heels of, at/on the

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heels of, at/on the

Close behind; closely following. Although these two clichés are very similar, they are not wholly interchangeable. To be at someone’s heels is to be immediately behind, with the implication of chasing or otherwise harrying the person. To be on the heels of someone (or something) means to be following in quick succession (but not necessarily catching or overtaking). Both terms conjure up the idea of a dog being at one’s heels, and both are quite old. John Gower wrote in 1390, “There bene also somme as men sale that folwen Simon ate heles.” And Shakespeare wrote, “One woe doth tread upon another’s heel, so fast they follow” (Hamlet, 4.7).
See also: heel, on
The Dictionary of Clichés by Christine Ammer Copyright © 2013 by Christine Ammer
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References in classic literature ?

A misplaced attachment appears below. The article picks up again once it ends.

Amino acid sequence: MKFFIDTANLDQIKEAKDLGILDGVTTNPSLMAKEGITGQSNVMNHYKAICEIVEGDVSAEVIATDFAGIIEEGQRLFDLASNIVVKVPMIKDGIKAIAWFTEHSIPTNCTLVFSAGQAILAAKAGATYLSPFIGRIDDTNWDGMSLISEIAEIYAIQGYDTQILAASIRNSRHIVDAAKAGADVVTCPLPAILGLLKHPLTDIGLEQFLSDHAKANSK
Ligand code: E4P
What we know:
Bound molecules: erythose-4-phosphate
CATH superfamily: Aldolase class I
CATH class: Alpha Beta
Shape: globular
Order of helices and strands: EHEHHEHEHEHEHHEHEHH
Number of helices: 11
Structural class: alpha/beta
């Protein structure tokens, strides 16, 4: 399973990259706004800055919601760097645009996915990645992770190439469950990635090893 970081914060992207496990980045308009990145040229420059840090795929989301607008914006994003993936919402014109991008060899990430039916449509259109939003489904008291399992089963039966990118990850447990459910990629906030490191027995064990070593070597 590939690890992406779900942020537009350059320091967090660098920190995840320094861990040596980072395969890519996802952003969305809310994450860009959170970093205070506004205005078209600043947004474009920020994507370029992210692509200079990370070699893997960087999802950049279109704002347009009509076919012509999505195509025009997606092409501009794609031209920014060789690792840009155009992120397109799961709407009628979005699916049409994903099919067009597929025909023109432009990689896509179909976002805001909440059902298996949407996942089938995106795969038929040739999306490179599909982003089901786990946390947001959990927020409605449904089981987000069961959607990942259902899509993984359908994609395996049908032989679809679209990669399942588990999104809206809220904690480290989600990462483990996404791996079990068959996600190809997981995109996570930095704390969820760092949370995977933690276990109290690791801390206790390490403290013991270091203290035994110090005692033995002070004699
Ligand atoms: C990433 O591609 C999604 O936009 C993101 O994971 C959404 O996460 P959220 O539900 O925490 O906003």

As to the first, you are to understand, that for about seventy moons past there have been two struggling parties in this empire, under the names of TRAMECKSAN and SLAMECKSAN, from the high and low heels of their shoes, by which they distinguish themselves.
Too oft, verily, did I follow close to the heels of truth: then did it kick me on the face.
Dorothy now took Toto up solemnly in her arms, and having said one last good-bye she clapped the heels of her shoes together three times, saying:
The start-up company Day2Night Convertible Heels of Boston could be just your ticket.
Heels of different heights are stored in a small case.
To investigate the association between high heels and its effect on calf muscles, researchers from Austria followed 80 women aged 20 to 50 years, who had been wearing heels of at least two inches almost daily for the last two years or more.
Barkema selected heels of three different heights- flat, two inches, and 3.5 inches- and had each of the 15 women in her study complete walking trials.
The defensive lineman must penetrate to the heels of the offensive line or deeper to reestablish the line of scrimmage.
Remember, it's important to reestablish the line of scrimmage and have your defensive linemen play on the heels of the offensive line.